Government looks set to bail out SAA - again! - TechCentral

Government looks set to bail out SAA – again!

SAA planes and Silver Falcons fly over Pretoria during the 2019 presidential inauguration. Image: Department of department of international relations & cooperation

Government has provisionally agreed to allocate at least R21-billion to the country’s embattled national airline to help repay debt and resume operations after the lifting of Covid-19 travel bans.

The proposed package includes about R17-billion that will go toward repaying South African Airways creditors, according to a draft copy of a rescue plan prepared by administrators. As much as R2-billion will go toward retrenchments and a further R2-billion will be provided for working capital.

“It would be irresponsible to comment on the draft plan which was leaked to the media,” a spokeswoman for the administrators said. “It is for discussions purposes only and we await comment from the affected persons.”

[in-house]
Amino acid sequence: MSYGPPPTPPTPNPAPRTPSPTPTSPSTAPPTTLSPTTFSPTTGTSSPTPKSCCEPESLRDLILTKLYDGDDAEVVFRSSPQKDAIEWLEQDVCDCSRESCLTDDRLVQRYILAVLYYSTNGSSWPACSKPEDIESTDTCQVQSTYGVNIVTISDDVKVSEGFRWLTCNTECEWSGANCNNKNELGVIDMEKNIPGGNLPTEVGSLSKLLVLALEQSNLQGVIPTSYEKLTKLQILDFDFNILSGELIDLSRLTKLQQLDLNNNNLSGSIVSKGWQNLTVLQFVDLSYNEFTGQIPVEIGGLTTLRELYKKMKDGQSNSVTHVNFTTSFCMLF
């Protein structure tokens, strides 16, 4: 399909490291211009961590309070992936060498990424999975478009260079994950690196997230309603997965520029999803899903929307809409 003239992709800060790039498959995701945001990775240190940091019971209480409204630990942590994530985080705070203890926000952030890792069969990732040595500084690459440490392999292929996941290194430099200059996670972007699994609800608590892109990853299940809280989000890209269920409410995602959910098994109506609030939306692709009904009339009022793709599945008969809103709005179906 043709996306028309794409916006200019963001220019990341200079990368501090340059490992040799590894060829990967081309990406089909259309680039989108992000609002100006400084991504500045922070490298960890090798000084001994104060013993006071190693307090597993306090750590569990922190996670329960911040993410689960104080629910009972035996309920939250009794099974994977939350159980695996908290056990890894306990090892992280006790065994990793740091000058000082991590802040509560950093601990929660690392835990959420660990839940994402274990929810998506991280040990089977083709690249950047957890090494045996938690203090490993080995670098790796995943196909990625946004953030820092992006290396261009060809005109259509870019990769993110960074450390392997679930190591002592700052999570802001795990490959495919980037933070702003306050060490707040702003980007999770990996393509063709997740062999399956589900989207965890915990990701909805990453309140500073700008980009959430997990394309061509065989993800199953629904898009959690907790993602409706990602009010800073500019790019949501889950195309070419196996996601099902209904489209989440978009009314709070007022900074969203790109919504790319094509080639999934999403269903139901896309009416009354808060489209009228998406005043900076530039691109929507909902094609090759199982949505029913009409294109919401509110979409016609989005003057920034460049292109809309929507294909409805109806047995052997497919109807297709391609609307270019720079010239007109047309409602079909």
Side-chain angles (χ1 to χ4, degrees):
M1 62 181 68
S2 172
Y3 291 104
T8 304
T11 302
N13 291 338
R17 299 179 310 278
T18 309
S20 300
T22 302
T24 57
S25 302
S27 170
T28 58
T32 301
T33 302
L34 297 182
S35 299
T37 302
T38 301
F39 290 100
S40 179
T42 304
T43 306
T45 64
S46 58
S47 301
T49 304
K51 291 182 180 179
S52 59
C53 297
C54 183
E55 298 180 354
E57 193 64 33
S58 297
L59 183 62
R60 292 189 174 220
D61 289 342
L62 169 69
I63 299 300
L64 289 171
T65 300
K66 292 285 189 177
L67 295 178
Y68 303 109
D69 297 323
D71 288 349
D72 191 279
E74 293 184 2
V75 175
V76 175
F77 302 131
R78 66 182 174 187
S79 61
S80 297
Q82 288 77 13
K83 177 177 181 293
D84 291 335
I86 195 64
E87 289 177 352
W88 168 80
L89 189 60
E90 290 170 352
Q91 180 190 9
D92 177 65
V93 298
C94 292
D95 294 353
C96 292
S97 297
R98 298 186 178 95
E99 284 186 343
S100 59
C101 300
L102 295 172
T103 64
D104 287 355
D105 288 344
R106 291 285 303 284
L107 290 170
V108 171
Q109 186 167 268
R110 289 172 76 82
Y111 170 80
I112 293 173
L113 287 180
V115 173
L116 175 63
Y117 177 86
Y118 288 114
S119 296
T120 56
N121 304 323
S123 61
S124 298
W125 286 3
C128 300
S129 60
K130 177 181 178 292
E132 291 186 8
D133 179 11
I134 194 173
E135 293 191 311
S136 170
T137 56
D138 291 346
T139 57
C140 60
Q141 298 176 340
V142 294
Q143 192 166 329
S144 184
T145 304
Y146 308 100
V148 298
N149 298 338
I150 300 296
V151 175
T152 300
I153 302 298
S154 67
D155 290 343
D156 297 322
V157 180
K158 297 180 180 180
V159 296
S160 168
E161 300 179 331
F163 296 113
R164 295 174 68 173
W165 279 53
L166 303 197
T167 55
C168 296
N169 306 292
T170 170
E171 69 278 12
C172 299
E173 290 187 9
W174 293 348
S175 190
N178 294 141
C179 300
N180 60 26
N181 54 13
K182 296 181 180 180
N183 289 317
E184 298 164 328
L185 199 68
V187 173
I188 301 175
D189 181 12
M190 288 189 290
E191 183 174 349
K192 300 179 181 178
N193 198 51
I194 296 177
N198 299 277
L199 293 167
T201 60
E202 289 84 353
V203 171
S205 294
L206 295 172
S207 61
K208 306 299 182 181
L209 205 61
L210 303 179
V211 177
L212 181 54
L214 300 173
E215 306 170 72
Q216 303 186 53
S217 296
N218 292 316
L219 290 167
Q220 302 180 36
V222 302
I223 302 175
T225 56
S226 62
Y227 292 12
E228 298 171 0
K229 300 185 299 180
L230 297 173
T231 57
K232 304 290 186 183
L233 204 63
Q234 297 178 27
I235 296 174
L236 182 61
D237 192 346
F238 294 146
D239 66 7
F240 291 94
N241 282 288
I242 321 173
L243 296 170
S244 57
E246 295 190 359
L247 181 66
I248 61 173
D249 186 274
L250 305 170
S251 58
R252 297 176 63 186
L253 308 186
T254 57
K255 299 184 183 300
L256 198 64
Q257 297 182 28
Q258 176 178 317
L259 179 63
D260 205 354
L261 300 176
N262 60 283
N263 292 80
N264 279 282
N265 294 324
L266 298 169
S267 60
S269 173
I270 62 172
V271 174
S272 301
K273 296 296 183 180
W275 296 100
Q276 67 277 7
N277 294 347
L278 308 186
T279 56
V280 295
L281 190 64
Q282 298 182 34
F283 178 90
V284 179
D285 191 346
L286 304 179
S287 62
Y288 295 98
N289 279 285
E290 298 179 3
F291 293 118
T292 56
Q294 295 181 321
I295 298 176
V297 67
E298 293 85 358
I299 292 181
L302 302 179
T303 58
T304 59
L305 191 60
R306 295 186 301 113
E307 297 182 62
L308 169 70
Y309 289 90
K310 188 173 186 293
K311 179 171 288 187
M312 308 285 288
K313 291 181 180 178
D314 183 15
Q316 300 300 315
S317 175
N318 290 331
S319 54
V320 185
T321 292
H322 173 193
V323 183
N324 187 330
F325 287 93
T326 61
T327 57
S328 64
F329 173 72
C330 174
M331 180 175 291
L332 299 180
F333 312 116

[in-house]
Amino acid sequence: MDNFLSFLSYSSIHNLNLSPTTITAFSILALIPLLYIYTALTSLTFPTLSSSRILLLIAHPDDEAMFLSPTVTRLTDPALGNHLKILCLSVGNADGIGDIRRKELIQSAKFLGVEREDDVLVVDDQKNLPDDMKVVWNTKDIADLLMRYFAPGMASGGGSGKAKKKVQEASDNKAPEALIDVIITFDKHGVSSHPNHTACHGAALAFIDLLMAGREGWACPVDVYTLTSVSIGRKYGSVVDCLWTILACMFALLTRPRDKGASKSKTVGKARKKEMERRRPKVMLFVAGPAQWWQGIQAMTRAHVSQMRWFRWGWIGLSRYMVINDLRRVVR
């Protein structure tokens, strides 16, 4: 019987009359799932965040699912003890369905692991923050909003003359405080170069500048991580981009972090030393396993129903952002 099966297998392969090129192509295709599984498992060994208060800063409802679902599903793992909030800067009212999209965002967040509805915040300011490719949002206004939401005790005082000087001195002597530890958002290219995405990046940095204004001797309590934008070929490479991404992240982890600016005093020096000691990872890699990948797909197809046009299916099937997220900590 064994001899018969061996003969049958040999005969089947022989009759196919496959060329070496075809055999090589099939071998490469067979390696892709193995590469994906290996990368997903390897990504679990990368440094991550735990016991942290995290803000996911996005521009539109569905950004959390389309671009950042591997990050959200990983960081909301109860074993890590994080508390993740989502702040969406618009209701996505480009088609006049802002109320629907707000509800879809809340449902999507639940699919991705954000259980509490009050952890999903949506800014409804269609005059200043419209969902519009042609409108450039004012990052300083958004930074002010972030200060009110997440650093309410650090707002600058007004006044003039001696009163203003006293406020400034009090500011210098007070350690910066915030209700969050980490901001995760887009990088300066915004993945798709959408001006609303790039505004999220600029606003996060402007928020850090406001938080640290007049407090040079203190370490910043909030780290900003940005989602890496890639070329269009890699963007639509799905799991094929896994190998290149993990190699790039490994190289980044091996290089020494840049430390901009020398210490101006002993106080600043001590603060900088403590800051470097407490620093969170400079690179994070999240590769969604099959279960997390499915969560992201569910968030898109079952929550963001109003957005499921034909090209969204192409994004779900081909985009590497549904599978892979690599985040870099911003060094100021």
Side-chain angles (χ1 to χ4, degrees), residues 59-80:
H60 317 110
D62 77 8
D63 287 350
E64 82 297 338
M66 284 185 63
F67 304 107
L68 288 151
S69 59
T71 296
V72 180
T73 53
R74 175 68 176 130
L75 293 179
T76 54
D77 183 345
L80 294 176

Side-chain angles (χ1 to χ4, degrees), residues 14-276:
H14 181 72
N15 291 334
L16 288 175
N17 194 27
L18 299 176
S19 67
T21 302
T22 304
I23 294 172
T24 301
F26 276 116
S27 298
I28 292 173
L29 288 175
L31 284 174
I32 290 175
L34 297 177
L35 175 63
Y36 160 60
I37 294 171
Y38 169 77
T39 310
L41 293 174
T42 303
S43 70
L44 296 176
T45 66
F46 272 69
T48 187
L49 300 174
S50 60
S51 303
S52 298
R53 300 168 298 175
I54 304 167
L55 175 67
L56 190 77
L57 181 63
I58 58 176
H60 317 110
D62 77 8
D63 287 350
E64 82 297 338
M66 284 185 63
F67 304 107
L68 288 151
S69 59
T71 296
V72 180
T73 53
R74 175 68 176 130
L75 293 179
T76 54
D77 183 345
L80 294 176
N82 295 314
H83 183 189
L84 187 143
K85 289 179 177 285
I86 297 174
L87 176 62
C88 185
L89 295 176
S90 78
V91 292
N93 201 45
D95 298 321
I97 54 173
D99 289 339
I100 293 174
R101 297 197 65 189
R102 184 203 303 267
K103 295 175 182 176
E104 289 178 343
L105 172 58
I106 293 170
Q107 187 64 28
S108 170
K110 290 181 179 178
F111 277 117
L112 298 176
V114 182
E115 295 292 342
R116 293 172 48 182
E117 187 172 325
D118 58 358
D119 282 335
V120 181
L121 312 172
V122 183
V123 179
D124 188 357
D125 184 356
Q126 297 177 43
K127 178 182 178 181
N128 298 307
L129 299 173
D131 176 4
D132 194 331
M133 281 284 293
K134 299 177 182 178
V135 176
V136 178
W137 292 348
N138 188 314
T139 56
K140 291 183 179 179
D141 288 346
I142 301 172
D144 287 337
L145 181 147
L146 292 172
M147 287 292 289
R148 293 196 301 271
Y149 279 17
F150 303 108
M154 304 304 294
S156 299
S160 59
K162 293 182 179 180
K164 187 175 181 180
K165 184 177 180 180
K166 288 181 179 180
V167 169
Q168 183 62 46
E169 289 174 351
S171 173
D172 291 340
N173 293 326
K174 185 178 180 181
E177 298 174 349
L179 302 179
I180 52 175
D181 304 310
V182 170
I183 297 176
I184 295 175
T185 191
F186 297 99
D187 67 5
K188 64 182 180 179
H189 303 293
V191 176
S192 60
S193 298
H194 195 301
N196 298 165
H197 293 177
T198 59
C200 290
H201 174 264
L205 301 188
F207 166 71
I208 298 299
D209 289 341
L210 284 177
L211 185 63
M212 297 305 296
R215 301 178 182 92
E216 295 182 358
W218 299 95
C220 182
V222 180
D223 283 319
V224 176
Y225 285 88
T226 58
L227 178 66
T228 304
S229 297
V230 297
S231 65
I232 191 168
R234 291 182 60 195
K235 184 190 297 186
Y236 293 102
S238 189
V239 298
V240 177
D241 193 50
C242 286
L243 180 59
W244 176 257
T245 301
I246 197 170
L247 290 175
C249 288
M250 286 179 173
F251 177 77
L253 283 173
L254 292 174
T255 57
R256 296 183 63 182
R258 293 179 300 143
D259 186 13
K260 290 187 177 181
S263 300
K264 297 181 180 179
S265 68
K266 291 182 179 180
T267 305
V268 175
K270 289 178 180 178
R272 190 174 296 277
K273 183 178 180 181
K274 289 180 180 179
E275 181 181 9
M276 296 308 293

The public enterprises ministry, which is responsible for SAA, has not yet discussed the draft plan, spokesman Sam Mkokeli said by phone.

While the funding agreement has yet to be finalised, a deal of this nature would bring to an end an impasse between the government and SAA’s business rescue team over the airline’s future. The administrators, appointed in December, had an earlier request for state funding rejected in April, and subsequently proposed firing the entire workforce to stave off liquidation.

Strongly objected

Public enterprises minister Pravin Gordhan strongly objected to that plan, and announced his ambitions for the creation of a new airline at the start of the month, kicking off a fresh round of talks.

SAA’s commercial passenger planes have been grounded since late March, when the government closed borders for non-urgent travel to contain the coronavirus. Some domestic flights are being allowed to operate as of Monday for business purposes, though SAA had previously reduced its local services to a single Johannesburg-Cape Town route.  — Reported by Paul Vecchiatto and Loni Prinsloo, (c) 2020 Bloomberg LP

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